The generosity of believers is celebrated yet again.
Acts 4:32-35 is the second of three passages describing how believers practiced sacrificial giving to aid members of their community who were in need (see also Acts 2:44-45 and 11:29).
Joseph, also known as Barnabas (son of encouragement) is celebrated as an example for us to emulate in the practice of giving. He sells a field and brings the proceeds to the apostles to be distributed to the poor.
This is contrasted with the actions of Ananias and his wife Sapphira. They want the community to believe they are just as generous as Barnabas so they hatch a plan to only give a portion of the proceeds they receive from a field they sell.
Ananias makes a big show of bringing the proceeds to lay before the feet of the disciples in order to receive the same accolades. Instead, he is confronted and judged for his duplicity.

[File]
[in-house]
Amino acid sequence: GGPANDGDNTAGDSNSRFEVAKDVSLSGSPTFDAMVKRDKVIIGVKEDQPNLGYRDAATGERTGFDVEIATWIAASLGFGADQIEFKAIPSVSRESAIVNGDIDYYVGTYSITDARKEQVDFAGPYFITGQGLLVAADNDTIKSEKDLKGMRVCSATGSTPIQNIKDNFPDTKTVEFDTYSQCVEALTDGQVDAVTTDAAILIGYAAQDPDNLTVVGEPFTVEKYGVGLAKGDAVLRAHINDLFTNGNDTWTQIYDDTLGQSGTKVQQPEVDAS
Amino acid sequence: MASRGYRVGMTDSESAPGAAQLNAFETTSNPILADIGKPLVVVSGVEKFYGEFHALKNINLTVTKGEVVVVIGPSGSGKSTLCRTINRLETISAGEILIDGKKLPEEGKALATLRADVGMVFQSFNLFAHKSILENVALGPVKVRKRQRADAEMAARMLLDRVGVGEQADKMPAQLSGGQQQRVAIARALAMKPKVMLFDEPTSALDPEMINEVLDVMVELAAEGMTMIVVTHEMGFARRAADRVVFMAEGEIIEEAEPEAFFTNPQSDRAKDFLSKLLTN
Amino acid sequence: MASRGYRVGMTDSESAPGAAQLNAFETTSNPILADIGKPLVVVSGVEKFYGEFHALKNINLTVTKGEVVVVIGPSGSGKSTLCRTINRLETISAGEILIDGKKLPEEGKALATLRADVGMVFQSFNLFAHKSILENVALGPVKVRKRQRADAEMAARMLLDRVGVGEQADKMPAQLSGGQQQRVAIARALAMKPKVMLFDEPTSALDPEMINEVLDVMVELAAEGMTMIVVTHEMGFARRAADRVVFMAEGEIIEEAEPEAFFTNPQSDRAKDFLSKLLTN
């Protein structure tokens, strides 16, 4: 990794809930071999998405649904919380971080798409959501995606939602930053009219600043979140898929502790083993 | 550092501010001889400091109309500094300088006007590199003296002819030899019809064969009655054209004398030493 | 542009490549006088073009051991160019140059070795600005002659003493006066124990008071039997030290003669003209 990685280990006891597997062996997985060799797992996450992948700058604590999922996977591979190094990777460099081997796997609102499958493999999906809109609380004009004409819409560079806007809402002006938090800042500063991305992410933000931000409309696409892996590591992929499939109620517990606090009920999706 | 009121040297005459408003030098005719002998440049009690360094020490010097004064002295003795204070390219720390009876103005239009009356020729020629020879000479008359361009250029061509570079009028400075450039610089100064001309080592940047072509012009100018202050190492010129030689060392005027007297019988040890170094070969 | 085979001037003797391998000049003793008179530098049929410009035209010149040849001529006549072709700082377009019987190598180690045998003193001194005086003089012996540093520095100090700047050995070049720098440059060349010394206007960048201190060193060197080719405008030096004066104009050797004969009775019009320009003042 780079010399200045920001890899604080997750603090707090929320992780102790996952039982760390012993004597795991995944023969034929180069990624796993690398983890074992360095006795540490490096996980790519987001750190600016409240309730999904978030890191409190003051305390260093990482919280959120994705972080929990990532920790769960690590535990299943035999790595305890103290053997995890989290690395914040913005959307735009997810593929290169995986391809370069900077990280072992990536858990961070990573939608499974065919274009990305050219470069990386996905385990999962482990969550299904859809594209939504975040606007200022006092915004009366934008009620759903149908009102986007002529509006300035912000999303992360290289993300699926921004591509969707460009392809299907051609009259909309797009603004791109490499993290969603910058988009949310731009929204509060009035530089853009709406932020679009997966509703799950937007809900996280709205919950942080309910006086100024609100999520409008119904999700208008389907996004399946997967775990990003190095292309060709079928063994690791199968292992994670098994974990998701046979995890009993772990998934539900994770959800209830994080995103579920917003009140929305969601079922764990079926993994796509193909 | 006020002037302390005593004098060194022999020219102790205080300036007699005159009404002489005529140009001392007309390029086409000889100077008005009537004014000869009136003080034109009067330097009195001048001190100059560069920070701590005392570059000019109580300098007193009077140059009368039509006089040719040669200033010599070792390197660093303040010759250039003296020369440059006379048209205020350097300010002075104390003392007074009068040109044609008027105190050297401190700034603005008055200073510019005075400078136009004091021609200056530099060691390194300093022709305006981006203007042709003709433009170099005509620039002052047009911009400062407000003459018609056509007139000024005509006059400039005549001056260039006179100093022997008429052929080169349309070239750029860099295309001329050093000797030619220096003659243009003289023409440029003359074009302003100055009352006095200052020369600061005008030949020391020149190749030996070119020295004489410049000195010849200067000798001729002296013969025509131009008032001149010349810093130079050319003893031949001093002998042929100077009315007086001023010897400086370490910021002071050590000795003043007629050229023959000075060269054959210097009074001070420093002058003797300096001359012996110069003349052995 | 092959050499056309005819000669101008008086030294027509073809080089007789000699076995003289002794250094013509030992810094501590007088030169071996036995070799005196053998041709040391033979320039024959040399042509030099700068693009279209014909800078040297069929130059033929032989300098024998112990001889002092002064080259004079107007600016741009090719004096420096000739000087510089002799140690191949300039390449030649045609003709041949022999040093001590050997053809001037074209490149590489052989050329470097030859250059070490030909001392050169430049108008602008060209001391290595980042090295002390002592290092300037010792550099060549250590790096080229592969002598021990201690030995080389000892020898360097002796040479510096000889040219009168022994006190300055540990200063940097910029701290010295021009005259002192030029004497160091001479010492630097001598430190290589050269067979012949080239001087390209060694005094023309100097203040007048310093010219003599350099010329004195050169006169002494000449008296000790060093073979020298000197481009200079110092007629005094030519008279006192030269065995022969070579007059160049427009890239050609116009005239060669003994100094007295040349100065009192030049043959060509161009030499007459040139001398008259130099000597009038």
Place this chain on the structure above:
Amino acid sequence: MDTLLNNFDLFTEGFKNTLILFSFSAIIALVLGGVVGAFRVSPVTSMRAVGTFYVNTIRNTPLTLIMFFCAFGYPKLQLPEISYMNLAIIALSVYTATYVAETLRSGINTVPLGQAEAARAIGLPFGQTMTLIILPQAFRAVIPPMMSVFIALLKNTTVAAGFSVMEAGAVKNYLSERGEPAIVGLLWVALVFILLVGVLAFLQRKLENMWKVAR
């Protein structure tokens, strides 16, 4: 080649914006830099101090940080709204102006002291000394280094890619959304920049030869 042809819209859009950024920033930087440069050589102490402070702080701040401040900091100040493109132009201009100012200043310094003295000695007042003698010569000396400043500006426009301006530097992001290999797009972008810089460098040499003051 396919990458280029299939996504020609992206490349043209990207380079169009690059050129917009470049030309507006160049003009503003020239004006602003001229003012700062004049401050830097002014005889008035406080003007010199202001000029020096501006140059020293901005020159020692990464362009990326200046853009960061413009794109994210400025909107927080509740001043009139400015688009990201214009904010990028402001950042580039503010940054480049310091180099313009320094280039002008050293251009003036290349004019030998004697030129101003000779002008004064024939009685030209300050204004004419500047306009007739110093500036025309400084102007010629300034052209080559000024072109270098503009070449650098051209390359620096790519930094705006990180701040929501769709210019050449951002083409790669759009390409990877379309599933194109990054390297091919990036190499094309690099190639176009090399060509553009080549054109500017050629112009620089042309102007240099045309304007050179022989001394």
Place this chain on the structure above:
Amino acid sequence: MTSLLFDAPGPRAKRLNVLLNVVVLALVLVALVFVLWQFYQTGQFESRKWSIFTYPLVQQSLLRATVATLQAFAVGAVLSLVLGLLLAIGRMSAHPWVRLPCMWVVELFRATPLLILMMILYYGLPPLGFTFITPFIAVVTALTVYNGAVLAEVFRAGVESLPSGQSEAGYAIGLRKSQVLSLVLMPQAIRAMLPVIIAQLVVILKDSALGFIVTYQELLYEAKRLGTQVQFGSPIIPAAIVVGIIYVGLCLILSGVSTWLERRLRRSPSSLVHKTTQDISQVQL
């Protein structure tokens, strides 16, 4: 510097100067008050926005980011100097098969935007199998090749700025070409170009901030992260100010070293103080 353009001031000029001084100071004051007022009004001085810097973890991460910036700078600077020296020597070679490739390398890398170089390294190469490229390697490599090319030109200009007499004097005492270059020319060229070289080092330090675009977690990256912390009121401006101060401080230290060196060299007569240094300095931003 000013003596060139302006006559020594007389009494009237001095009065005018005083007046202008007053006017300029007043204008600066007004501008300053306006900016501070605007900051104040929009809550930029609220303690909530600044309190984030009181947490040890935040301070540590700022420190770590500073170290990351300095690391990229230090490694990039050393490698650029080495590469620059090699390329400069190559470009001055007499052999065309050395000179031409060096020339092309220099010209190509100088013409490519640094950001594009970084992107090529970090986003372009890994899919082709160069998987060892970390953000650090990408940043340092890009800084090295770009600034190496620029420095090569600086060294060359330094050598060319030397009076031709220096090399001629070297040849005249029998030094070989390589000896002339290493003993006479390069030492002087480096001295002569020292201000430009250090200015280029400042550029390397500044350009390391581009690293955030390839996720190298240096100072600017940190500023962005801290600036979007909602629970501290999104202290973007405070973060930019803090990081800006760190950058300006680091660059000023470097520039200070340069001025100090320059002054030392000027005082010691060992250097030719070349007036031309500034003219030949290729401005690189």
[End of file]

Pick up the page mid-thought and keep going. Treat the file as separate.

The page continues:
Peter tells him that he was free to do whatever he wanted with the field while it was his. He was also free to use the proceeds however he wanted to after it was sold. What cannot be allowed is for him and his wife to pretend they are more generous than they are.
The principle celebrated in Acts and throughout the New Testament is the joy of generosity
flowing from hearts set free from the golden shackles that bind all who love wealth (mammon) more than God (see